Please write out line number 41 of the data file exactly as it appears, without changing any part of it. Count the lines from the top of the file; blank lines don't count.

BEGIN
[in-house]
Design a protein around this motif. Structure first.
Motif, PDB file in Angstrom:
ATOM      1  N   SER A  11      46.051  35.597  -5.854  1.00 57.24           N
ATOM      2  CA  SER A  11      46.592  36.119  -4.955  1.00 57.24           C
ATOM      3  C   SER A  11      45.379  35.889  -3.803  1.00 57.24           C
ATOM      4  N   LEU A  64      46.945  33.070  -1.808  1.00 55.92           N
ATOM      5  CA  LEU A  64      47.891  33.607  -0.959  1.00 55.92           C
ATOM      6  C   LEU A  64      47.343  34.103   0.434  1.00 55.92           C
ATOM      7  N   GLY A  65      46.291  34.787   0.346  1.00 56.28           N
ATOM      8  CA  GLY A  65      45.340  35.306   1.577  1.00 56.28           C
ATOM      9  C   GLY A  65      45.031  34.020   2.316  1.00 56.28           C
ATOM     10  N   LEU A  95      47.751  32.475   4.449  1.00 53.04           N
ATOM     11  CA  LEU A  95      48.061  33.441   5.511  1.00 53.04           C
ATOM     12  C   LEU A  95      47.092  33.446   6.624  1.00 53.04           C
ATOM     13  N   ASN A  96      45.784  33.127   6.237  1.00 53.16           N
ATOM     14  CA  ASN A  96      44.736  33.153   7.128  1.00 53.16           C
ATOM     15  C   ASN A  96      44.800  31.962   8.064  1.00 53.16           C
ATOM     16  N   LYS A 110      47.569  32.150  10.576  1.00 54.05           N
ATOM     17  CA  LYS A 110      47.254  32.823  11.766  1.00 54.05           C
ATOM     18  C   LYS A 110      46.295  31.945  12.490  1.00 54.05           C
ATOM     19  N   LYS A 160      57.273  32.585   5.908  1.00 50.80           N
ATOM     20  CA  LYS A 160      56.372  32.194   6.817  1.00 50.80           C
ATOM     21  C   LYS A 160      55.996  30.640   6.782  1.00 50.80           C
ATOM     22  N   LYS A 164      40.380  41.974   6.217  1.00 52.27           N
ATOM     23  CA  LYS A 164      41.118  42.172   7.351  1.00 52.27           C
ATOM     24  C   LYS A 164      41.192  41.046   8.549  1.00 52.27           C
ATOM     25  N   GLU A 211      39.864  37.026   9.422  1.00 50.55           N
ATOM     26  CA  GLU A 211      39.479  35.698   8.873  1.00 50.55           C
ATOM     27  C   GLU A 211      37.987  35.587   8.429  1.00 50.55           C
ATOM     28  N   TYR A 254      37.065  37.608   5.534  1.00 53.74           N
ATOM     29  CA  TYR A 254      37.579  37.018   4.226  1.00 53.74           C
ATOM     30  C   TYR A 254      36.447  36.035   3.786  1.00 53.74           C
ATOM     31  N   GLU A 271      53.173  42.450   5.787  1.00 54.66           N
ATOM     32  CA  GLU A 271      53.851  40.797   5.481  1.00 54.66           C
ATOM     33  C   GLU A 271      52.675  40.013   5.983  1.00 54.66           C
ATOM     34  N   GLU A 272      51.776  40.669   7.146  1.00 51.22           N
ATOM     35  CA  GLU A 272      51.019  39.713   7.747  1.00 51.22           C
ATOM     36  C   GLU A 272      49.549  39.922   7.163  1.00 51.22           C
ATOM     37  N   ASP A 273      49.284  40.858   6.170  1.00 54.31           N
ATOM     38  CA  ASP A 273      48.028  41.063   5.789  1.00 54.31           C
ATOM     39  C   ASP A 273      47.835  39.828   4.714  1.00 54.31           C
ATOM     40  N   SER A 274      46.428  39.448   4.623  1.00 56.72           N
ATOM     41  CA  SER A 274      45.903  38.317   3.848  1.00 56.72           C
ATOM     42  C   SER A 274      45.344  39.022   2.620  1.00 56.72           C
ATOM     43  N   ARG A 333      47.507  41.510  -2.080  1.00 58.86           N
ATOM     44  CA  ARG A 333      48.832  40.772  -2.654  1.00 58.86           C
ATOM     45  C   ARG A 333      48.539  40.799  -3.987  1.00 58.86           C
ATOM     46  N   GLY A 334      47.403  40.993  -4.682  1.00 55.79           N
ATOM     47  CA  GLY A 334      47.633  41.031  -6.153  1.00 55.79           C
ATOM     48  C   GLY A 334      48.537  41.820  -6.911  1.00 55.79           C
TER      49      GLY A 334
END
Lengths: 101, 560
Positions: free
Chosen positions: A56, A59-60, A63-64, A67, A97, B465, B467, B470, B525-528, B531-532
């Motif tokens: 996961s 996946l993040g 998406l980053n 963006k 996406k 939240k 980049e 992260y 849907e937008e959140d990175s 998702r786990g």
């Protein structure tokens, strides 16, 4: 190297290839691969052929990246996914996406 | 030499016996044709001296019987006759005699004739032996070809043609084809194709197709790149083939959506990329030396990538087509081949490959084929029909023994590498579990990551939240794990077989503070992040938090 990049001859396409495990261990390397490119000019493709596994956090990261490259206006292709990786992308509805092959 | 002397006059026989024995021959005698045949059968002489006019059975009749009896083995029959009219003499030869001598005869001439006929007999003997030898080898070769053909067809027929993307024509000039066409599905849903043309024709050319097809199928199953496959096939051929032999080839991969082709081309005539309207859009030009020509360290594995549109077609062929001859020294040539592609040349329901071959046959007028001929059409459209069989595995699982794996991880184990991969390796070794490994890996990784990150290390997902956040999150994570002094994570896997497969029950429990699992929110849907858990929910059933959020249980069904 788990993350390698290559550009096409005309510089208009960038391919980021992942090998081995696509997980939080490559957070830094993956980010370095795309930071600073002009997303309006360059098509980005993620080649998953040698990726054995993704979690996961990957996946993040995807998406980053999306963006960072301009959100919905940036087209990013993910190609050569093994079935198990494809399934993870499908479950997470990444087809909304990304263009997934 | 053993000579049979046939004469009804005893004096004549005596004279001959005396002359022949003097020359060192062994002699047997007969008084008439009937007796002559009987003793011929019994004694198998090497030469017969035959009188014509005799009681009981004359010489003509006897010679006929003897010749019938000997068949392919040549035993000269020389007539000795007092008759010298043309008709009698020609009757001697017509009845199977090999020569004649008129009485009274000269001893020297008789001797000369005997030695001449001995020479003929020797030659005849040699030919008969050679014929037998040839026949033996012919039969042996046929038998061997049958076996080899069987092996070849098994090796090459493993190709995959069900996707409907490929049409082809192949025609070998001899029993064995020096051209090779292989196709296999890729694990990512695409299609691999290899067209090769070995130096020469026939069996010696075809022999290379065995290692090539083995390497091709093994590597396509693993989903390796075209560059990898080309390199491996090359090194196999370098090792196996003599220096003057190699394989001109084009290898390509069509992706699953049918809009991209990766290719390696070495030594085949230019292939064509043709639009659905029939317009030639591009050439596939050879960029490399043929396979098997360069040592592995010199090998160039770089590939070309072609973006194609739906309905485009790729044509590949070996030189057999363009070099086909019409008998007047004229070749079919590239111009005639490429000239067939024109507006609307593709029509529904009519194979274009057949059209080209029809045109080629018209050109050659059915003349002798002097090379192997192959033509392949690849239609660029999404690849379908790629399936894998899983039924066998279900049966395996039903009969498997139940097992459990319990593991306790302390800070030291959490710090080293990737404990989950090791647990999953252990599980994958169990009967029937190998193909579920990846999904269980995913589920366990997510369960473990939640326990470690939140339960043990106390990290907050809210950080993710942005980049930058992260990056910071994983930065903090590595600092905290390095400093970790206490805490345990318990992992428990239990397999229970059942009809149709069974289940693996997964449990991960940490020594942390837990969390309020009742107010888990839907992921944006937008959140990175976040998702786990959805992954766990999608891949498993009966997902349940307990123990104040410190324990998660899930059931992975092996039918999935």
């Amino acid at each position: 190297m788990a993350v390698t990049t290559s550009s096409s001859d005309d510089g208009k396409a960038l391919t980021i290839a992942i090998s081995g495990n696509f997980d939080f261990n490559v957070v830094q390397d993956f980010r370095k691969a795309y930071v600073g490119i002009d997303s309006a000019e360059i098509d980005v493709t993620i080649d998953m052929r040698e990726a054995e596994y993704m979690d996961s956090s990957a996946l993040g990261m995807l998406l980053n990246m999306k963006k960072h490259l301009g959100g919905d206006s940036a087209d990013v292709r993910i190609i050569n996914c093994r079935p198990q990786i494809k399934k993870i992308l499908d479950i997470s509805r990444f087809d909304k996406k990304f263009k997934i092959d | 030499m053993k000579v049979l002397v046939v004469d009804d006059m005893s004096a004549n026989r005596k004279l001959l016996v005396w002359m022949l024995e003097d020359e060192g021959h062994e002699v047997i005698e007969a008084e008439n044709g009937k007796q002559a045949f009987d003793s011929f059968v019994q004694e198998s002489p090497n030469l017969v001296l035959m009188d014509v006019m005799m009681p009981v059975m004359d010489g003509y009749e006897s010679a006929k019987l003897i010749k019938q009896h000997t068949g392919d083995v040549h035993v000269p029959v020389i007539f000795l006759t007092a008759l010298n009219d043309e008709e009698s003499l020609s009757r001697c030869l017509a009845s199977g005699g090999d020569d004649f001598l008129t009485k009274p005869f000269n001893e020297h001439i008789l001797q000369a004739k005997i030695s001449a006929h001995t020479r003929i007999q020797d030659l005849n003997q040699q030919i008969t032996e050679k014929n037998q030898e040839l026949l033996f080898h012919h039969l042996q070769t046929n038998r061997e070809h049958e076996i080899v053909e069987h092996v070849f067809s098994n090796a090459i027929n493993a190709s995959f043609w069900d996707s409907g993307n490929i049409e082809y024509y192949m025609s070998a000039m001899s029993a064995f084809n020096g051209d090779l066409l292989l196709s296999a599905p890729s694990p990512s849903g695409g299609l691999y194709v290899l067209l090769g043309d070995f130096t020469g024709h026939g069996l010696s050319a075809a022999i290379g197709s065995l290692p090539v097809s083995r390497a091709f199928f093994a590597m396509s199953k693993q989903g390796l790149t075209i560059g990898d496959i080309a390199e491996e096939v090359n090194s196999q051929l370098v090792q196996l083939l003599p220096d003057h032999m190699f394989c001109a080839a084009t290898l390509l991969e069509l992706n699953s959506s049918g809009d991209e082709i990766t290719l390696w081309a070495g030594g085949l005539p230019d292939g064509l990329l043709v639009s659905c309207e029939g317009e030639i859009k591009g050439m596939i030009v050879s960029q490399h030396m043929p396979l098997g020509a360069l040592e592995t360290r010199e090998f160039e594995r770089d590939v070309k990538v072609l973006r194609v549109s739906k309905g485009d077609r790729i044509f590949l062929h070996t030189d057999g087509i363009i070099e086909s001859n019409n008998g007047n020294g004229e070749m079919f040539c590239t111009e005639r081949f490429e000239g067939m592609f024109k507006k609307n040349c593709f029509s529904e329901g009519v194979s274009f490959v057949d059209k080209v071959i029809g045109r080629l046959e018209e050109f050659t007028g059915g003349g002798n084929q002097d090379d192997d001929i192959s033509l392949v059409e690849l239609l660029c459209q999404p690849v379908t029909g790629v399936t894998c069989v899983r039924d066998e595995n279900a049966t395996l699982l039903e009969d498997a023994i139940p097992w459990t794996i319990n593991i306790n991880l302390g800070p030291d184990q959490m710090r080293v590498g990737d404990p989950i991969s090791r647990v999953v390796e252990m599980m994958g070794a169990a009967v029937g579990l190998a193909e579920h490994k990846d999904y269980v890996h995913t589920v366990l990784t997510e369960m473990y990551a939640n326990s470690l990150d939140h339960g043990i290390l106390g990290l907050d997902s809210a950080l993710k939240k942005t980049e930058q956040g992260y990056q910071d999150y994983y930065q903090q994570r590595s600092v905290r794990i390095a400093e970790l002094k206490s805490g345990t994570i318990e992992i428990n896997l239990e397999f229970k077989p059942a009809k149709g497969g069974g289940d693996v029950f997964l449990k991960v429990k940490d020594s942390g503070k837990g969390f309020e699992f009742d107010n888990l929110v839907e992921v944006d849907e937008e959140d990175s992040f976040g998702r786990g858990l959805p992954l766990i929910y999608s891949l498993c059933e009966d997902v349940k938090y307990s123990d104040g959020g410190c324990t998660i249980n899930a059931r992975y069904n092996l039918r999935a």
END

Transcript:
ATOM     38  CA  ASP A 273      48.028  41.063   5.789  1.00 54.31           C